An alternate embodiment of the servo track coding is shown in FIGS. 7A-C and 8A-C on servo tracks 700 and 800 respectively, following the timing patterns reproduced as FIGS. 7D and 8D. As seen in FIGS. 7A and 8A, only track 700 contains a third symbol in its patterned write element. FIGS. 7B and 8B show the partial patterns after five pulses; FIG. 7C and 8C show the tracks 700 and 800 after the tape is advanced and a further four pulses. In this embodiment, track 700 decodes as 10, 5, 4, 4, 4 and track 800 decodes as 5, 5, 4, 4.
In a further alternate embodiment, the coding of a track lies not in the number of symbols in each group, but in how closely the transitions are spaced. FIGS. 9A and 10A show embodiments of the write element patterns for servo tracks 900 and 1000 respectively. Both tracks 900 and 1000 contain a right-inclined line at positions 1 and 11 and a left-inclined line at position 24, but only track 1000 has a symbol at position 12. The timing for this embodiment, shown in FIGS. 9D and 10D, is slightly different from the previous versions, as the tape is allowed to move two positions between adjacent pulsing of the erase heads. In FIGS. 9B and B, we see the pattern on tracks 900 and 1000 created by the first five pulses, FIGS. 9C and 10C show the pattern on tracks 900 and 1000 after advancing the tape and an additional four pulses. As a consequence of the additional symbol, the second track contains a much higher frequency of symbols in some portions than does the first track. This higher frequency can be detected by the servo hardware and used as identification.
In FIG. 11, we see a tape with five servo tracks 1101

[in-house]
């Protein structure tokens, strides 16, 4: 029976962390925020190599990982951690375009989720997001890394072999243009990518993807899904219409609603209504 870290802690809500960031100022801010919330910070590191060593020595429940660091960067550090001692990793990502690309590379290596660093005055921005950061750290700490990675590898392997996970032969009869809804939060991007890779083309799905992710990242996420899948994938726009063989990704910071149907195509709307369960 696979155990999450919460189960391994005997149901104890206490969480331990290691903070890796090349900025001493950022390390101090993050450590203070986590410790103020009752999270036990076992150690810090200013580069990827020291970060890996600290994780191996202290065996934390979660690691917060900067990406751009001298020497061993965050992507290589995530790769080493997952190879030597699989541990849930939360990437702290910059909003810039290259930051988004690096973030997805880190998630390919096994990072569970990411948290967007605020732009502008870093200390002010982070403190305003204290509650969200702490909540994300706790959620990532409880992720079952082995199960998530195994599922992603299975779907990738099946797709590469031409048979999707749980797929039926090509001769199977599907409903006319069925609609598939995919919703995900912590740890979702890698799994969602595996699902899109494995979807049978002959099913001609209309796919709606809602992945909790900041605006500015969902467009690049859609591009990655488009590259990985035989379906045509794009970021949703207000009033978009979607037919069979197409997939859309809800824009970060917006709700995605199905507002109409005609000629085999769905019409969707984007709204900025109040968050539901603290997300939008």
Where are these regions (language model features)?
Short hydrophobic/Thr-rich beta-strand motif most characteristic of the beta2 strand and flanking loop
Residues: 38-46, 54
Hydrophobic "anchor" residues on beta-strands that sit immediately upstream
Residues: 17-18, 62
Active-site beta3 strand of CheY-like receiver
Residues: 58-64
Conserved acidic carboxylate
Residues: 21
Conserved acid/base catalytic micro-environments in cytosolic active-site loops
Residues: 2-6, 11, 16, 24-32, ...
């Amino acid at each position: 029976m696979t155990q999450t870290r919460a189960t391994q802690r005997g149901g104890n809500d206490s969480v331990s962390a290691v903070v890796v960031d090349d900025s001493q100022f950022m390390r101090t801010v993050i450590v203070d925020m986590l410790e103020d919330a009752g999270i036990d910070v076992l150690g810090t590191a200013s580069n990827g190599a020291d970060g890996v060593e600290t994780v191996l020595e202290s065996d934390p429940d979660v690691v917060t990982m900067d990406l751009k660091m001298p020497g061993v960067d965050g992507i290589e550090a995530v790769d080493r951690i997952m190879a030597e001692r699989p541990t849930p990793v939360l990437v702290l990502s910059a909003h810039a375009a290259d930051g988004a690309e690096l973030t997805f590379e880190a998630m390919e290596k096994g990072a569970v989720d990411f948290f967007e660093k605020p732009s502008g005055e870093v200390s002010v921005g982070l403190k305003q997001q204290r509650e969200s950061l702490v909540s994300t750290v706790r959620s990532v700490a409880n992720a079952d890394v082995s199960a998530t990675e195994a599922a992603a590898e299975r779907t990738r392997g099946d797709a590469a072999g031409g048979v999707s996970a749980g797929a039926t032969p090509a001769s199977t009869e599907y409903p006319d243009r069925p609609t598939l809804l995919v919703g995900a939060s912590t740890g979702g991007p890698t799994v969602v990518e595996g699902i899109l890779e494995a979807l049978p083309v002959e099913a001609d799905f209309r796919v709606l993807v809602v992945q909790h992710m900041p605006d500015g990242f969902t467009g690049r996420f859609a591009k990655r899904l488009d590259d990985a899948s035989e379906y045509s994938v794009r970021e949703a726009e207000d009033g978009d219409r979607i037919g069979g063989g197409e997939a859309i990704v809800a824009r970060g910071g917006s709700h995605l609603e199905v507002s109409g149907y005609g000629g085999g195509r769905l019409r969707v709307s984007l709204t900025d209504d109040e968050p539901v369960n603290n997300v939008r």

, and 1105
and four data bands 1106
, and 1109
containing an unknown number of data tracks. Tracks 1101
, and 1105
contain the pattern shown in track 900
of FIG. 9C, while tracks 1103
contain the pattern shown in track 1000
of FIG. 10C. Position of the head laterally across the tape can be determined by reading any two adjacent servo tracks and using the following Table 2:
|Upper servo pattern ||Lower servo pattern ||Data band |
|900 ||900 ||1106 |
|900 ||1000 ||1107 |
|1000 ||1000 ||1108 |
|1000 ||900 ||1109 |
FIG. 12A is a simplified version of a servo writer that can implement the innovative system of servo tracks, while FIG. 13 gives a flow for creating the tape. These figures will now be discussed in terms of the overall flow. The tape runs between reel 1205 and reel 1204. Tensioners 1206 help keep a constant tension on the tape for smoother operation. Erase head 1215 continuously erases the tape, followed by write head 1214, which is pulsed to write the pattern, and read head 1216, which verifies that the pattern was correctly written. Controller 1232 controls the movement of the reels 1204 and 1205, as well as the erase head 1215, write head 1214 and read head 1216. In writing servo tracks to a tape, the tape moves from reel 1205 to reel 1204 as all servo tracks are written in one pass (step 1310). As the tape moves, it is first erased (step 1320), then the write head is pulsed repeatedly, each time creating one copy of each servo track's pattern. The writing of this repetitive pattern creates the servo track(step 1330). On the hardware side, pattern generator 1212 processes the given pattern and controls the pulse generator 1210 so that the write head 1214 is driven to create the desired pattern. Once the signal is written, it is verified by reading the signal, amplifying the signal in preamp 1220 and sending it to the pattern verifier electronics 1222. Once the entire tape has been processed, the tape is ready to use for data storage.